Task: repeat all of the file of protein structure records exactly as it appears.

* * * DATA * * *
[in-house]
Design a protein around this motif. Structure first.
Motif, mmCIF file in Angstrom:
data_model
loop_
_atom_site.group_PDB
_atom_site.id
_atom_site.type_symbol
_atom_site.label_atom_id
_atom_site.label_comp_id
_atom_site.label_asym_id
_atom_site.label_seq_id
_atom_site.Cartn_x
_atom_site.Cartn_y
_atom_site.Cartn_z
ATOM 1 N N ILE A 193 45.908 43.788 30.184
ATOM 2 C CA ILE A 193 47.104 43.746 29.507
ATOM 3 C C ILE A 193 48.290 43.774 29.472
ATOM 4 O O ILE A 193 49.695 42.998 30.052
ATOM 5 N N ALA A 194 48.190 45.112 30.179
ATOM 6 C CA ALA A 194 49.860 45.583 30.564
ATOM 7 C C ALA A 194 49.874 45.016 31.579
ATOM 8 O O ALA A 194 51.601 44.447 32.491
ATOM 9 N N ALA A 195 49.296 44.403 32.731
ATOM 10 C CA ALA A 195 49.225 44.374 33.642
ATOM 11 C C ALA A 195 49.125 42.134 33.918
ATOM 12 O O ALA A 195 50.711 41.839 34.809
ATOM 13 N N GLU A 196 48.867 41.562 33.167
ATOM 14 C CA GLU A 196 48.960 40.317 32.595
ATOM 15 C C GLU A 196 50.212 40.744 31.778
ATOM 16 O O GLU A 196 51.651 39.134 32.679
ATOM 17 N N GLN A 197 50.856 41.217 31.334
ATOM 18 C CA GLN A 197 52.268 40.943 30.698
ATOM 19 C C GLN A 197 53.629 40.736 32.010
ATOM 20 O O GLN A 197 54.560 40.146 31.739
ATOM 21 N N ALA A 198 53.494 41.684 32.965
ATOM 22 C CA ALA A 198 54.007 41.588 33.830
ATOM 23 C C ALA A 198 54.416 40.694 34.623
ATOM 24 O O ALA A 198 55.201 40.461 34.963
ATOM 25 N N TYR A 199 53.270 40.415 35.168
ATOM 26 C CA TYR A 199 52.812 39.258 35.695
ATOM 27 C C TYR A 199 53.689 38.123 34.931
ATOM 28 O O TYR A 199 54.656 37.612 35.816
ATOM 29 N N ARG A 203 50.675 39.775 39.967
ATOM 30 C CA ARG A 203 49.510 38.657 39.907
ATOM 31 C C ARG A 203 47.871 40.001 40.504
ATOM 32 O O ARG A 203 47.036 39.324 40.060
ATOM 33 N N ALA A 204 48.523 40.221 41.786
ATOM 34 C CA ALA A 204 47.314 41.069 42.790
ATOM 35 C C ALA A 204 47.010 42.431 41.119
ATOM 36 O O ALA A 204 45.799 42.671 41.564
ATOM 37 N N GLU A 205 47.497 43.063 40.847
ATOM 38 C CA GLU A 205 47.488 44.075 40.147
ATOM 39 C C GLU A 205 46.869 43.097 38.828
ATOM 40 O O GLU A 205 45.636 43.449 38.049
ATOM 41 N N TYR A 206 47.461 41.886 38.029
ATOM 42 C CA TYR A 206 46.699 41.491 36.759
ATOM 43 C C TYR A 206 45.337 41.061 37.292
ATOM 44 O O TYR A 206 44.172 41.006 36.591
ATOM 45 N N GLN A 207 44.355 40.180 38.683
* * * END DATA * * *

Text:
[in-house]
Design a protein around this motif. Structure first.
Motif, mmCIF file in Angstrom:
data_model
loop_
_atom_site.group_PDB
_atom_site.id
_atom_site.type_symbol
_atom_site.label_atom_id
_atom_site.label_comp_id
_atom_site.label_asym_id
_atom_site.label_seq_id
_atom_site.Cartn_x
_atom_site.Cartn_y
_atom_site.Cartn_z
ATOM 1 N N ILE A 193 45.908 43.788 30.184
ATOM 2 C CA ILE A 193 47.104 43.746 29.507
ATOM 3 C C ILE A 193 48.290 43.774 29.472
ATOM 4 O O ILE A 193 49.695 42.998 30.052
ATOM 5 N N ALA A 194 48.190 45.112 30.179
ATOM 6 C CA ALA A 194 49.860 45.583 30.564
ATOM 7 C C ALA A 194 49.874 45.016 31.579
ATOM 8 O O ALA A 194 51.601 44.447 32.491
ATOM 9 N N ALA A 195 49.296 44.403 32.731
ATOM 10 C CA ALA A 195 49.225 44.374 33.642
ATOM 11 C C ALA A 195 49.125 42.134 33.918
ATOM 12 O O ALA A 195 50.711 41.839 34.809
ATOM 13 N N GLU A 196 48.867 41.562 33.167
ATOM 14 C CA GLU A 196 48.960 40.317 32.595
ATOM 15 C C GLU A 196 50.212 40.744 31.778
ATOM 16 O O GLU A 196 51.651 39.134 32.679
ATOM 17 N N GLN A 197 50.856 41.217 31.334
ATOM 18 C CA GLN A 197 52.268 40.943 30.698
ATOM 19 C C GLN A 197 53.629 40.736 32.010
ATOM 20 O O GLN A 197 54.560 40.146 31.739
ATOM 21 N N ALA A 198 53.494 41.684 32.965
ATOM 22 C CA ALA A 198 54.007 41.588 33.830
ATOM 23 C C ALA A 198 54.416 40.694 34.623
ATOM 24 O O ALA A 198 55.201 40.461 34.963
ATOM 25 N N TYR A 199 53.270 40.415 35.168
ATOM 26 C CA TYR A 199 52.812 39.258 35.695
ATOM 27 C C TYR A 199 53.689 38.123 34.931
ATOM 28 O O TYR A 199 54.656 37.612 35.816
ATOM 29 N N ARG A 203 50.675 39.775 39.967
ATOM 30 C CA ARG A 203 49.510 38.657 39.907
ATOM 31 C C ARG A 203 47.871 40.001 40.504
ATOM 32 O O ARG A 203 47.036 39.324 40.060
ATOM 33 N N ALA A 204 48.523 40.221 41.786
ATOM 34 C CA ALA A 204 47.314 41.069 42.790
ATOM 35 C C ALA A 204 47.010 42.431 41.119
ATOM 36 O O ALA A 204 45.799 42.671 41.564
ATOM 37 N N GLU A 205 47.497 43.063 40.847
ATOM 38 C CA GLU A 205 47.488 44.075 40.147
ATOM 39 C C GLU A 205 46.869 43.097 38.828
ATOM 40 O O GLU A 205 45.636 43.449 38.049
ATOM 41 N N TYR A 206 47.461 41.886 38.029
ATOM 42 C CA TYR A 206 46.699 41.491 36.759
ATOM 43 C C TYR A 206 45.337 41.061 37.292
ATOM 44 O O TYR A 206 44.172 41.006 36.591
ATOM 45 N N GLN A 207 44.355 40.180 38.683